US aid to Sunni Ittehad Council backfired

Money received for anti-Taliban rally but group later led pro-Mumtaz Qadri demo.

Huma Imtiaz January 12, 2012


The United States gave money to the Sunni Ittehad Council to organise anti-Taliban rallies in 2009; however, the council later led demonstrations in support of Mumtaz Qadri, the self-confessed killer of former Punjab governor Salmaan Taseer, in an apparent boomerang of US policy to support religious moderation in Pakistan.

US government website shows that the Sunni Ittehad Council received $36,607 from Washington in 2009 under the State Department’s Public Diplomacy Programmes for Afghanistan and Pakistan.

The purpose of the grant was to help the Sunni Ittehad Council organise a National Flag March on August 14, 2009. The rally, held on August 14, is believed to have been a rally by the religious organisation to protest against the Taliban.

But it seems as though the religious organisation switched course after the killing of Salmaan Taseer as it held mass rallies in 2011 to protest against the arrest of Mumtaz Qadri. Last week, religious organisations even announced an Rs100 million reward for Mumtaz Qadri’s gun.

However, following the reports, the US State Department has said that the US government no longer provides support to the group in any capacity.

Laura D Lucas, a spokesperson for the State Department told The Express Tribune, “This particular grant supported a successful rally in 2009 at which Pakistanis spoke out against the Taliban, violent extremism, and suicide bombings. This grant is consistent with our continuing efforts, in Pakistan and around the world, to amplify local voices on issues of common concern, such as counter-terrorism.”

The State Department was approached by the Sunni Ittehad Council with a request for funding for the rally, said an official speaking to The Express Tribune, requesting anonymity.

The Sunni Ittehad Council was originally an umbrella group, consisting of several organisations coming together as a bulwark against terrorism and a voice against suicide bombings, said the State Department spokesperson. She added that the group’s leadership and direction have changed since the grant was given by the State Department in 2009, adding that the US government no longer provides support to the group and that according to their understanding, a number of its Pakistani partners have also severed ties with the group.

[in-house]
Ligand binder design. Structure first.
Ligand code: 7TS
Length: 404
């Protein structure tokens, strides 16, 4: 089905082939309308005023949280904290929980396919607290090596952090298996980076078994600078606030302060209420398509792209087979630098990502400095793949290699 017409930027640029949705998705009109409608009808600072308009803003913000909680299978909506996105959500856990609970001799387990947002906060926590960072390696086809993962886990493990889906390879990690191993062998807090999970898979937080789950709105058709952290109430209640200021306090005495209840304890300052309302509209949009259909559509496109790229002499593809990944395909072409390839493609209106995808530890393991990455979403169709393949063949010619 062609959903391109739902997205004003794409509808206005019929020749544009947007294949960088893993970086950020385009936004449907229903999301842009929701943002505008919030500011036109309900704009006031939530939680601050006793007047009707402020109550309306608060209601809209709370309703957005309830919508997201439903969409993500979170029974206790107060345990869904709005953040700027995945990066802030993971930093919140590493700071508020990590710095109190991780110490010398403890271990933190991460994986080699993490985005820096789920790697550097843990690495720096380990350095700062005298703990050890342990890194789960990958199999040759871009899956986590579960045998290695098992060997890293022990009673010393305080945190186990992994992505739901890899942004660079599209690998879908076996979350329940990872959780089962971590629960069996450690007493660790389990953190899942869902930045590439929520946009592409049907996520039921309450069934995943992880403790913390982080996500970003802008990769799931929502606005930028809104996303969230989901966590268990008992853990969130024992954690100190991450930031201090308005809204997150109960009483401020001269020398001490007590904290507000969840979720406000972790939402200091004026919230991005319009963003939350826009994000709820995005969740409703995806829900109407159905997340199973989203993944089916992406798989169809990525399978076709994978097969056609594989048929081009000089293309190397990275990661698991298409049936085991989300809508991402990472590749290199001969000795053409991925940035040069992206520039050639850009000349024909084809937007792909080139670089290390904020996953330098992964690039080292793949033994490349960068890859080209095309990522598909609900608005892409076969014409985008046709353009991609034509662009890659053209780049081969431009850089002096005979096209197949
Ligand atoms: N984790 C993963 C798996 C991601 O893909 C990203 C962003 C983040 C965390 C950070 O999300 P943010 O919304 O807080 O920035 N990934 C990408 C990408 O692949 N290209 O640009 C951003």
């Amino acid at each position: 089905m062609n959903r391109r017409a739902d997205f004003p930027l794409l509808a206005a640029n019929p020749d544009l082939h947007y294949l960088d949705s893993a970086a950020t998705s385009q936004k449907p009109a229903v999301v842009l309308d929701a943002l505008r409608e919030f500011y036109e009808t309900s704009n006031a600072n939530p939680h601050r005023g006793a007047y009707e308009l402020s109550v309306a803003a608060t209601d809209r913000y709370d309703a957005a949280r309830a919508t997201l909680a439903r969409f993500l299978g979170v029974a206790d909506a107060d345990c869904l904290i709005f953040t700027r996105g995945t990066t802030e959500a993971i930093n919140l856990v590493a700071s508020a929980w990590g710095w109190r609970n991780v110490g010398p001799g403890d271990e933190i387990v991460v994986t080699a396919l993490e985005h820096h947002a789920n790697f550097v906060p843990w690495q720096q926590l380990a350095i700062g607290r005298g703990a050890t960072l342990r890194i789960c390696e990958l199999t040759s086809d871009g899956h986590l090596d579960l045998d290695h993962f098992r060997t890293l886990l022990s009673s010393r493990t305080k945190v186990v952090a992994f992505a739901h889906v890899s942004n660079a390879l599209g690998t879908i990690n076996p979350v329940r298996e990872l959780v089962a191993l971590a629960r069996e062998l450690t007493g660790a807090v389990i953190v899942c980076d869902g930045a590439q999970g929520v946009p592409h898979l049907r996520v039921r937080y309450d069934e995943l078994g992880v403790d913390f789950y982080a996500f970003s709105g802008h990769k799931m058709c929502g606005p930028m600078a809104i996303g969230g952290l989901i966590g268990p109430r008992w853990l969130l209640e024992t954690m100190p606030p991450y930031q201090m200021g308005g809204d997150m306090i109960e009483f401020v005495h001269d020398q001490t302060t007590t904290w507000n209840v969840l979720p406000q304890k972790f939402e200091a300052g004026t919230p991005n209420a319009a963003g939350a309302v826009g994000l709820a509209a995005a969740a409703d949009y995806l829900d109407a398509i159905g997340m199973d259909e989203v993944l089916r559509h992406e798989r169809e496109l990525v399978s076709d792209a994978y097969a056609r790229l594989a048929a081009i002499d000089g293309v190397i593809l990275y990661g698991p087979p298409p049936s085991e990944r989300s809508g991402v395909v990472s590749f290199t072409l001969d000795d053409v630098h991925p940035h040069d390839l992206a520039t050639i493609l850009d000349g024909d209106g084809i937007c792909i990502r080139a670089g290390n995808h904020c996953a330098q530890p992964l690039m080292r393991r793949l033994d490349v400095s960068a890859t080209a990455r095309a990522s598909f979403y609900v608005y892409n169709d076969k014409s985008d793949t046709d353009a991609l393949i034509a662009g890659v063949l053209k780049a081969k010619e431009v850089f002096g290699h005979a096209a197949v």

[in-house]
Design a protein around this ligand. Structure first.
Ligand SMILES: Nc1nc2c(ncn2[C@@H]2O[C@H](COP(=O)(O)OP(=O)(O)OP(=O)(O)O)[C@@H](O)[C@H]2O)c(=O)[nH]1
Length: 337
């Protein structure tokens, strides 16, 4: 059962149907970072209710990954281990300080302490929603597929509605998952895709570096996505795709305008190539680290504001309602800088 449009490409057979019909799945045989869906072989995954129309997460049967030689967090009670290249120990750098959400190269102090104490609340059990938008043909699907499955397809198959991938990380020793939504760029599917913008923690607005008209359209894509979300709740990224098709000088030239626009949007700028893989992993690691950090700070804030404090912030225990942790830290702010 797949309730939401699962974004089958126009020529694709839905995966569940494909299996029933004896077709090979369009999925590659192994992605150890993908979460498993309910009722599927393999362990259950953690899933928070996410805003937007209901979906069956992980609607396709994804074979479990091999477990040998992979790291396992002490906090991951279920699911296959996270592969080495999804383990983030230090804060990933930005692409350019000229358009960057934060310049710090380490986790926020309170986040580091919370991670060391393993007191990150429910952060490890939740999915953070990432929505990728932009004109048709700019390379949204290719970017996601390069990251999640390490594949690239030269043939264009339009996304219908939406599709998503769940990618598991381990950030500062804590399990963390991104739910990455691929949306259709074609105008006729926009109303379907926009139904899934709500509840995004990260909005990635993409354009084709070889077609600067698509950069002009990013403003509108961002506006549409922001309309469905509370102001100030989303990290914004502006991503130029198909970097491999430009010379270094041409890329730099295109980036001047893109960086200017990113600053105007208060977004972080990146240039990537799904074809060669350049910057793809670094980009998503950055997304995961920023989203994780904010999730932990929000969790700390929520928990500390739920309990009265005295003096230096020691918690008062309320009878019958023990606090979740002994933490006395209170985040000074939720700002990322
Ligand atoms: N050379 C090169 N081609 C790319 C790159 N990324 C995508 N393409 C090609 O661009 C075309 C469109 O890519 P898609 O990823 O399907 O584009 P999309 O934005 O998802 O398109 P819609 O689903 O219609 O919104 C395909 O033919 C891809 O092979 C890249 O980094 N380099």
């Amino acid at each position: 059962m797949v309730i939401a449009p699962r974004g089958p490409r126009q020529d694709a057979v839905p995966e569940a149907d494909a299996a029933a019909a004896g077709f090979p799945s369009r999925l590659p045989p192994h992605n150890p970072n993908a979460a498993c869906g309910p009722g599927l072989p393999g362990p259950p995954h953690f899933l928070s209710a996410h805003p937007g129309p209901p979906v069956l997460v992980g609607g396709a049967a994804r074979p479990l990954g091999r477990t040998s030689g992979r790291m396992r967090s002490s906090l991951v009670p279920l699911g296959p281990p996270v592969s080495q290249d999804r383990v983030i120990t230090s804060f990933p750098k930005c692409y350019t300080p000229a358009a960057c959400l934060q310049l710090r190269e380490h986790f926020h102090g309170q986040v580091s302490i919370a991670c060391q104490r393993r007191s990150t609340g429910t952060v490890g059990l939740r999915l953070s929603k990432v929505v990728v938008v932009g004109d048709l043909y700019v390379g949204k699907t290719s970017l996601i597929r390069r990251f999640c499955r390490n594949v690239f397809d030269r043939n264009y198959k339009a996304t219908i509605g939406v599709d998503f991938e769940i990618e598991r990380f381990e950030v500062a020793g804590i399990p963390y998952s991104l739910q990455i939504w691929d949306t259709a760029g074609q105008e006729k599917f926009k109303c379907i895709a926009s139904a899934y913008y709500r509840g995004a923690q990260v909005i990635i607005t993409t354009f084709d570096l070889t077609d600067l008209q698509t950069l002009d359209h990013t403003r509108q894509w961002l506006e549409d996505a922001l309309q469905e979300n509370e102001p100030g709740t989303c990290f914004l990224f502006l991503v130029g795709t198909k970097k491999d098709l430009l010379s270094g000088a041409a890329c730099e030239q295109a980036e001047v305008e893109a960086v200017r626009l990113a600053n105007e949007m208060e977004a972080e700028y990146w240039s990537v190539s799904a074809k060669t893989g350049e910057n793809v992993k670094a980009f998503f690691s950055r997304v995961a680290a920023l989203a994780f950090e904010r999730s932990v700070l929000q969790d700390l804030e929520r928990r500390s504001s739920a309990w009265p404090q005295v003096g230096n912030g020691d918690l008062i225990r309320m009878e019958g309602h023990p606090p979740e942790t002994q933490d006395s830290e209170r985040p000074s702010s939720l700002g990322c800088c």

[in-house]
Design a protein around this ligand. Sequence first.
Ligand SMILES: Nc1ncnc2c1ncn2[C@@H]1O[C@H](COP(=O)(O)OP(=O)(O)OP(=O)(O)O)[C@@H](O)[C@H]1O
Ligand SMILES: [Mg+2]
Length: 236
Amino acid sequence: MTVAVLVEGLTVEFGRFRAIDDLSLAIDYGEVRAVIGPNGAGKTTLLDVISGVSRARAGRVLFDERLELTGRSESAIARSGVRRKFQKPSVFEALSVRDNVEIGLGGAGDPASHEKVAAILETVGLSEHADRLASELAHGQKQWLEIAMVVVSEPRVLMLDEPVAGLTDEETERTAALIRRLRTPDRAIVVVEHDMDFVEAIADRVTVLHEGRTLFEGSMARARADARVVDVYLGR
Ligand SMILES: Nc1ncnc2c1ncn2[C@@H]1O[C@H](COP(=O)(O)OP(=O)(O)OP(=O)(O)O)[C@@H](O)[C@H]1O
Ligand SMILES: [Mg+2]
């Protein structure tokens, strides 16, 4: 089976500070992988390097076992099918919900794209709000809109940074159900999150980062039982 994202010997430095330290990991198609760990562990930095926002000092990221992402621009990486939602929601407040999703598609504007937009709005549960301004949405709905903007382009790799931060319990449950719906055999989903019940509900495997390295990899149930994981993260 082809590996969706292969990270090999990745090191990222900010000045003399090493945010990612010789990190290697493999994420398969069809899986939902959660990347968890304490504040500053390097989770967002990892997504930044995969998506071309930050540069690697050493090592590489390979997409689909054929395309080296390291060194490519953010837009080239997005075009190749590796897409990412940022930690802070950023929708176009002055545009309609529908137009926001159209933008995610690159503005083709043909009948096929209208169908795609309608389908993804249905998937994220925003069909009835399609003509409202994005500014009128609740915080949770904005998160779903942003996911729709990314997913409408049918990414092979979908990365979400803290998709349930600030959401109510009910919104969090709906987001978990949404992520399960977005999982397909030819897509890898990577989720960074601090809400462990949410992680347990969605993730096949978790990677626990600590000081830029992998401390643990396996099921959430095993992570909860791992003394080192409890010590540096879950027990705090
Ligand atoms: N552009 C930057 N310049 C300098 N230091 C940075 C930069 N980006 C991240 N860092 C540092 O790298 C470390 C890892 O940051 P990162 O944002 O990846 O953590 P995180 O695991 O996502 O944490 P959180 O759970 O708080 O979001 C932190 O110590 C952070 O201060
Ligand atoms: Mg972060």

In response to a question on whether the US was allowed to fund religious groups, the State Department spokesperson said that the US government is allowed to give grants to religious groups for non-religious activities, adding that the US Embassy in Islamabad closely monitored the grant.

“The United States continues to recognise the many sacrifices that the Pakistani people and security forces have made in the war against violent extremists, and we remain committed to working together on our shared goals of a stable, secure and prosperous Pakistan in a stable, secure, and prosperous region,” the spokesperson added.

Two leading members of the council, who have been with the group from the beginning of its existence, denied receiving any American funds. The apparent discrepancy could be explained by lack of transparency within the organisation, The Associated Press reported.

“This propaganda is being unleashed against us because we are strongly opposed to Western democracy and American policies in the region and in the world,” said Sahibzada Fazal Karim, the head of the council, before reiterating the group’s support for Qadri.

“We are against extremism, but we support Qadri because he did a right thing,” he said.

Published in The Express Tribune, January 12th, 2012.

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